Whilst getting ready to review the latest episode in the comic book NBC series Constantine, it was discovered that the network has taken the first steps to cancelling this out of the box program featuring its version of an English exorcist by cutting the first season’s episodes down to 13 hence the social media campaign of hashtag #SaveConstantine. This development, which was first brought to light in November, feels an awful lot like the Longmire debacle over on A&E, although not quite the same as the cowboy detective had a huge fanbase who were all the wrong age according to that network. Constantine, has been steadily growing in popularity, says zap2it’s TV by the Numbers in an article released on December 13.
These latest figures show the late night show is increasing in viewership and DVR stats. It does seem that the clue here is the term late night. NBC airs Constantine at 10 p.m. on Fridays, another hint about how the network feels about this show dealing with devils, demons, fallen angels and not fallen angels. If the show were a lot gorier and featured much more in the way of gratuitous violence, burying the series on a late night slot on a Friday would make sense, but the show is not that bad.
Perhaps the network is afraid that this cigarette smoking, although not nearly so much as the comic book character does, hard drinking Liverpudlian shaman may damage American youth in some way. Certainly there may be a danger of kids learning all sorts of English slang, like “gobsmacked” or “peckish” or “having a kip” amongst other non American English phrases that Matt Ryan, as John Constantine, uses in his everyday speech in the show. Thus far the only swear word used has been “bloody” and that is not considered swearing on this side of the pond. Not like Britain, where an episode of Tom and Jerry caused widespread anger when a character on this old cartoon used the word, in the afternoon. The television network was inundated with letters of complaint.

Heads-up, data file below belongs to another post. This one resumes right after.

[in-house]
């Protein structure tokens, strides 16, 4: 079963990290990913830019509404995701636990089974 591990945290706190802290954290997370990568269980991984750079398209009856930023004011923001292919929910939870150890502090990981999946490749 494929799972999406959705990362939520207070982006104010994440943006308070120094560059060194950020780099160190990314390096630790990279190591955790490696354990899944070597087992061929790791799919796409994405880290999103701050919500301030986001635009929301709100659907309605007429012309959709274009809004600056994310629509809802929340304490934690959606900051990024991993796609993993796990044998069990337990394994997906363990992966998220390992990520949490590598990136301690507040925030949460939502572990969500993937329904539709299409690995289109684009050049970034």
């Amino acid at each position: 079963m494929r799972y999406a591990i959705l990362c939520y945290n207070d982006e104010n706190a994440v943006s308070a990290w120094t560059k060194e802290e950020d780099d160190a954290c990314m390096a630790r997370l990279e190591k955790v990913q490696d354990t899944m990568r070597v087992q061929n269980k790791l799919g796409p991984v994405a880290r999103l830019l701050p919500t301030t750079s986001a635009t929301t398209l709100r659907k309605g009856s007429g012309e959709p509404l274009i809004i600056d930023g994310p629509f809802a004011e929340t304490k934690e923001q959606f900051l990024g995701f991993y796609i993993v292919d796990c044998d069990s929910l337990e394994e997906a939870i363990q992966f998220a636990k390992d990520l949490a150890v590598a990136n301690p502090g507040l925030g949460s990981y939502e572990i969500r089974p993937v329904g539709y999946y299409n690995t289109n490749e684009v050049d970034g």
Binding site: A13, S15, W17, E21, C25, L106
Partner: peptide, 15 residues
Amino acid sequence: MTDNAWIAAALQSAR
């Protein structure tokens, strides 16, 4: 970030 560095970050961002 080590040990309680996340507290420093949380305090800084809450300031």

While NBC has not come right out and said they will not be having Constantine back for a second season, it has still gone out of its way to doom the show about an English exorcist and whether or not the Twitter campaign of #SaveConstantine, which started back in November when the news that NBC was stopping production after 13 episodes was released, will save it remains to be seen. As Yahoo! TV states in their December 13 article about the show’s treatment by the network, the series has been set up to fail for all intents and purposes.
The “why” of this is a mystery. The show has been gaining viewers and a fanbase at an impressive rate. Certainly the series started a bit slow, mostly amid charges that the tobacco inhaling anti hero would not be allowed to smoke on screen, but as John has increased the amount of cigarettes seen in his mouth or hand, so has the pace of the show. The latest episode, The Saint of Last Resorts is a cliff hanging two parter where Constantine is left shot and bleeding in a tunnel being approached by something that looks like a damned scary refugee from Silent Hill.
Matt Ryan and Angélica Celaya have a great chemistry on the show and episode 8 has her being featured in a pretty interesting subplot where some of the character’s backstory comes up and attacks her. Zed is a mystery figure in the show and the Celaya/Ryan pairing works very well. An English protagonist who feels as “cor blimey” as a bag of PG Tips, or Tetley tea and a beautiful partner who combines a delightful touch of exterior naievity and a tough as nails interior makes this team work impressively with and against one another.
A network that dooms its fledgling television show before it can reach its stride is not unusual. NBC stopping any further Constantine episodes after 13, feels a lot like the English exorcist is getting the Firefly treatment. The #SaveConstantine Twitter campaign may work, but it might not necessarily convince the originating network to bring the show back. Like Longmire, perhaps the #resurrectioncrusade for Constantine will result in Netflix saving the show. Who knows, perhaps the fact that the series got a 25 percent jump in viewing numbers will save it on NBC. While that sounds exciting, the truth is, the network will probably fill the gap left by Constantine, with a cheaply produced reality TV show.
By Michael Smith